Whether you are celebrating Thanksgiving, attending a religious festival, or are simply making your breakfast, eating food is a big part of everyday life. But what if you have seizures? Is there any link between epilepsy and food and are there certain types of food to avoid with epilepsy?
Here is everything you need to know about food and epilepsy.
Are there foods to avoid with epilepsy?
No, not really. There is currently no evidence that specific foods trigger seizures. Assuming you follow a healthy, balanced diet, there is no reason to believe that seizures will be caused by your food on its own.
The only exception is people who have reflex epilepsy. This is a rare type of epilepsy, where seizures always happen because of a certain trigger. The best-known type of reflex epilepsy is photosensitive epilepsy (when flashing lights trigger seizures). But for some people the taste or smell of certain foods may trigger seizures.
However, this does not mean that there is no relationship between epilepsy and food for people with other types of epilepsy. What you eat, the way you eat, your lifestyle and your anti epilepsy medication can all interact in specific ways that could affect the number of seizures you have..
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Interactions between food and epilepsy medication
There is some evidence which suggests that certain kinds of food and drink may interact with your anti-epilepsy medication. This includes grapefruits and other types of citrus, spicy food, alcohol and caffeinated drinks.
These foods and drinks may speed up the way your body metabolizes (breaks down) the epilepsy medication. This would make the drug less effective and could therefore increase the number of seizures you have.
Always check the leaflet in your anti-epilepsy medication to verify if there are certain foods or drinks you should not consume.
Are there any foods to avoid when taking lamotrigine?
Lamotrigine (also known by its brand name Lamictal) is one of the most common anti-epilepsy drugs. You might be wondering if there are any foods to avoid when taking lamotrigine. The good news is that lamotrigine isn’t affected by food - according to this factsheet from the FDA.
You should, however, follow your doctor or pharmacist’s advice about taking it. Research suggests that it gets more easily absorbed into your body when taken on an empty stomach.
Epilepsy and food allergies
If you are allergic to certain kinds of food, you may go into anaphylactic shock. There is some evidence that allergies could lead to seizures in people with epilepsy. However, the evidence comes from fairly small studies, so it is not definitive.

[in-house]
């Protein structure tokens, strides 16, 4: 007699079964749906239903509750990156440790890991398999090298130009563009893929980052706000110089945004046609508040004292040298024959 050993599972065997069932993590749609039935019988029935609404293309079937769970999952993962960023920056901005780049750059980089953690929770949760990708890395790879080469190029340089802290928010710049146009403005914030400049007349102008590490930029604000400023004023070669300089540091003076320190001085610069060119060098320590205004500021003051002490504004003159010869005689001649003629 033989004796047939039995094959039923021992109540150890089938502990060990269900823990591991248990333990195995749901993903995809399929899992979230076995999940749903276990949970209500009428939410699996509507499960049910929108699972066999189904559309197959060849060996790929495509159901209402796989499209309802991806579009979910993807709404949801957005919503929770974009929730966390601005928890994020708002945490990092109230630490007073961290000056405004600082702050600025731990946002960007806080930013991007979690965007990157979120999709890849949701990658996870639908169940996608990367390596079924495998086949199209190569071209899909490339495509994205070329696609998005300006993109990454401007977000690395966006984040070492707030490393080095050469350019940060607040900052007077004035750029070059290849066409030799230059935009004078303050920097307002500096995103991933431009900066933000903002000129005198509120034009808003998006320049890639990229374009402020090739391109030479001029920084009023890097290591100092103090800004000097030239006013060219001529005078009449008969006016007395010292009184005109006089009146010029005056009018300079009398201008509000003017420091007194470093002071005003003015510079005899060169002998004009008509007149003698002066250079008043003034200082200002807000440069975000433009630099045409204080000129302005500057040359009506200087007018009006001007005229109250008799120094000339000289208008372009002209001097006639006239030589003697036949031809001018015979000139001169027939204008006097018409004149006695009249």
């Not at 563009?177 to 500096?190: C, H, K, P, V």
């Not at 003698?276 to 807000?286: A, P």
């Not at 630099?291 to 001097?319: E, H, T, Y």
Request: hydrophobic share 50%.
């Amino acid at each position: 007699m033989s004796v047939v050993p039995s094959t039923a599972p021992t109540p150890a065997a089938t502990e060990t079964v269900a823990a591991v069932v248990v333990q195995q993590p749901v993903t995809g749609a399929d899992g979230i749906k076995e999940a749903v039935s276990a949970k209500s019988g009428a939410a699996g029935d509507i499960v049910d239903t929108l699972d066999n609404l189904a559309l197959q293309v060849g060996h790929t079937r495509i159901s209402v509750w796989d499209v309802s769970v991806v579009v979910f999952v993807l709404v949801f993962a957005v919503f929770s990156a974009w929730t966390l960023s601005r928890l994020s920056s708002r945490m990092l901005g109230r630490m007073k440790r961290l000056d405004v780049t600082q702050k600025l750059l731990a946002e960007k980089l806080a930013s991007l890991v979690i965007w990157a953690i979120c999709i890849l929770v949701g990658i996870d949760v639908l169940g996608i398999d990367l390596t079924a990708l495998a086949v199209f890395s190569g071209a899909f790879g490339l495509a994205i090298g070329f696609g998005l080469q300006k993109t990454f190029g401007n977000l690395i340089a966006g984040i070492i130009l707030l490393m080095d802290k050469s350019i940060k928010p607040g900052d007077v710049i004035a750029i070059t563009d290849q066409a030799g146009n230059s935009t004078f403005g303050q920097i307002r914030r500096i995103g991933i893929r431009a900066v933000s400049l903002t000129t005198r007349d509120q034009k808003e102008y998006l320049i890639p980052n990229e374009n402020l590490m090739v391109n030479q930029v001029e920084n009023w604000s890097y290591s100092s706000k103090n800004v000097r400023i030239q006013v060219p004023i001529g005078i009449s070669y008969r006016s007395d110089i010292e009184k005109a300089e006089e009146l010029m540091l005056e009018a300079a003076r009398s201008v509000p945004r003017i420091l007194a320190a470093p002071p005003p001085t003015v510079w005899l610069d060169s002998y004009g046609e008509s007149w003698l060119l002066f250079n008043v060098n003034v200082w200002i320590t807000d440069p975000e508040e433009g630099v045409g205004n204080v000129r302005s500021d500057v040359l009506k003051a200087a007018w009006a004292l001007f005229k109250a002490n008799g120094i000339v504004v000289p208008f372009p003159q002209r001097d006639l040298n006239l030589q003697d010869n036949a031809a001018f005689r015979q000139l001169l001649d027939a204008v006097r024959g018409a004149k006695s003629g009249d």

Blood sugar levels
Levels of sugar in your bloodstream may affect seizures in some people. If you have a sudden spike or crash in blood sugar, this could cause seizures. This is why it is generally best to avoid high sugar, processed foods such as cookies, cakes, candy and white bread.
Ideally you should aim to follow a balanced diet which will release energy into your bloodstream at a slower, steadier rate. This could potentially reduce the number of seizures you have.
Bananas and seizures
You may have heard about a possible link between bananas and seizures. This fruit contains a large amount of potassium - a mineral (often called an electrolyte) that your body uses to to work properly. One of the things your body uses potassium for is to help with sending electrical signals in the brain. There is some evidence that having too much potassium in the brain could be a seizure trigger. However, if you just have one banana per day, this is unlikely to put you at an increased risk.
Epilepsy and specific diets
The ketogenic diet - plus a number of variations – may help to control seizures for some people. If you'd be interested in following one of these diets, learn more about the keto diet or talk to your treatment team.
Epilepsy and food
Generally speaking, people with epilepsy should be able to eat almost all kinds of food without worrying too much about its effects on their seizures. As long as you follow a balanced diet and consume food and drinks in moderation. That said, if you do notice that certain foods seem to be triggers for you, it is of course sensible to avoid them.
If you have any doubts about food to avoid with epilepsy - and how it might interact with your medication - speak with your epileptologist.